Plant / Life: Jo Ferguson
Jo Ferguson and I met on the back seat of a bus in Melbourne. We were heading out of the city for a day of garden visits as part of the Australian Landscape Conference in early 2018, and must have been late to the bus, because we ended up squashed together up the back. Or, maybe we ended up there on purpose, playing out childhood visions of back-seat rebellion? Either way, there was something about Jo that drew me in. It could have been her warm demeanor and easy manner, or it could have been her hands. Jo Ferguson has gardener’s hands.
A few months back, Daniel and I visited Jo at a garden she and her husband made at Merricks Beach, on the Mornington Peninsula. We head down the sinuous dirt driveway on a late afternoon. Native grasses and manna gums dot the landscape, guiding us towards a rendered strawbale studio/shed. Clumps of felt plant (Kalanchoe beharensis) create a striking silhouette against the dusty pink walls of the shed whilst a carpet of blue chalk sticks (Senecio serpens) creeps underneath.
A winding gravel pathway leads us through the garden towards the house. Soon, the dominance of native grasses like kangaroo grass (Themeda triandra) and tussock (Poa labillardierei) softens, and clumps of tough exotics begin to make appearances. Echium, statice, yarrow. It’s a gorgeous mix of native, exotic, succulent, grass – composed by eyes with a strong aesthetic sensibility and hands unafraid of hard work.
Jo and her husband Simon bought the property around 15 years ago. It was a blank canvas and the pair soon had built the strawbale shed, then the house. The garden began in a somewhat atypical way – It grew from the boundary towards the house, rather than from the house outwards. “We started revegetating around the outside and gradually worked in”, Jo tells me. The pair, both horticulturalists, collected the seed for the re-vegetation themselves from local endemic plants. Whilst the garden started as mostly grasses and gums, its evolved as has Jo’s career as a horticulturalist and garden designer. “Gradually, we’ve put more exotics in. We’ve planted whatever can survive. We don’t irrigate at all.”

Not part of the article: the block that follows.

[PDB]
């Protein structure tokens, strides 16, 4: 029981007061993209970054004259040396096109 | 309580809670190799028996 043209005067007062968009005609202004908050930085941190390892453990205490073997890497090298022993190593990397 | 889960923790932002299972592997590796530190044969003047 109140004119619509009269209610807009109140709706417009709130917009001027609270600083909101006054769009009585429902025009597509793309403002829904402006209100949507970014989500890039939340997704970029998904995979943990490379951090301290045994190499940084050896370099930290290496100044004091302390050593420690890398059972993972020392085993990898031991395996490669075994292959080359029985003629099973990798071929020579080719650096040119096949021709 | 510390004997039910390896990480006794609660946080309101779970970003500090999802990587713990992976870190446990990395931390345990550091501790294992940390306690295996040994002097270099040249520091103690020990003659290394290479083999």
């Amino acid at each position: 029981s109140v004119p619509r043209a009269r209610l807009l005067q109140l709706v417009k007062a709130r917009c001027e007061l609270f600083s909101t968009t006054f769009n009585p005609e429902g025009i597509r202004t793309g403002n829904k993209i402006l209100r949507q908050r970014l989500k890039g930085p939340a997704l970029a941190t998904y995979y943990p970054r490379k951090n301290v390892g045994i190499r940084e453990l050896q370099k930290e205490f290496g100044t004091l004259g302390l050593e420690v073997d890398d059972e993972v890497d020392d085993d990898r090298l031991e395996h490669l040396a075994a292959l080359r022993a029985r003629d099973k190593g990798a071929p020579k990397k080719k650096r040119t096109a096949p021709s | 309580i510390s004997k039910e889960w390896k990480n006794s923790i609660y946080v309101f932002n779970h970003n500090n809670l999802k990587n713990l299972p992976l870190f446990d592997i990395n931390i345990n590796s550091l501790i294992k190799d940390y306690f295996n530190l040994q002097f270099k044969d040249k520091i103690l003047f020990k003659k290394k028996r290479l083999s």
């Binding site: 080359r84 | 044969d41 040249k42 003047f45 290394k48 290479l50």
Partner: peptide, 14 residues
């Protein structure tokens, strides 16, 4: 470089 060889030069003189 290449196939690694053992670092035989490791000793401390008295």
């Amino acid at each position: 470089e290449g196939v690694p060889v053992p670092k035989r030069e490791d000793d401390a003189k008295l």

Jo studied horticulture at the University of Melbourne’s Burnley campus. She’s been working with plants for many years – coordinating environmental programs at Hume City Council, working in garden maintenance, and most recently, starting her own business based on the Mornington Peninsula with fellow designer Nadette Cuming under the name Cuming Ferguson Garden Design. But just because she’s a designer does not mean Jo designed her garden. She didn’t, it just flowed. “When I design a garden I’m more restrained. In my home garden I just want to try stuff, all different stuff. It’s fun.”
“To me the act of gardening is totally immersive and hypnotising. It takes me deeply into the realms of subconscious and represents beauty, love and freedom,” Jo says “I am interested in creating gardens that connect people to the feelings in their bodies of past memories, to help them feel safe and uplifted in the joy and beauty of nature.”
I want to make gardens that bring people closer to who they are, whatever that may be, rather than doing decoration with plants, or creating a certain ‘look’.”
Perhaps it’s this sentiment that drew Jo and I together that day on the crowded bus. Speaking with her reminds me of what is important, and that gardens, even though they’re not often seen as such, hold real power in terms of connecting us to ourselves, each other, and the world around us. There are few other places that offer such a gift.
Jo and I we meander around the garden, discussing the ways design can help create layers of meaning – linking people and place – and what that looks like. In Jo’s garden it looks slightly wild and very beautiful. It looks connected – siting elegantly within the landscape, not apart – and it feels generous and alive. It’s a place to return to. “Gardening,” Jo tells me, “is coming home”.
Jo is part of a fundraising organisation called Manifesting Mangos, whose aim to help the villagers of Nimboli, a small town in central India, purchase food and shade trees for their town. On July 14, they’ll be screening Damon Gameau’s film 2040 at the Sorrento Cinema and all money raised will go directly towards purchasing food trees for the people of Nimboli. Find out more information here.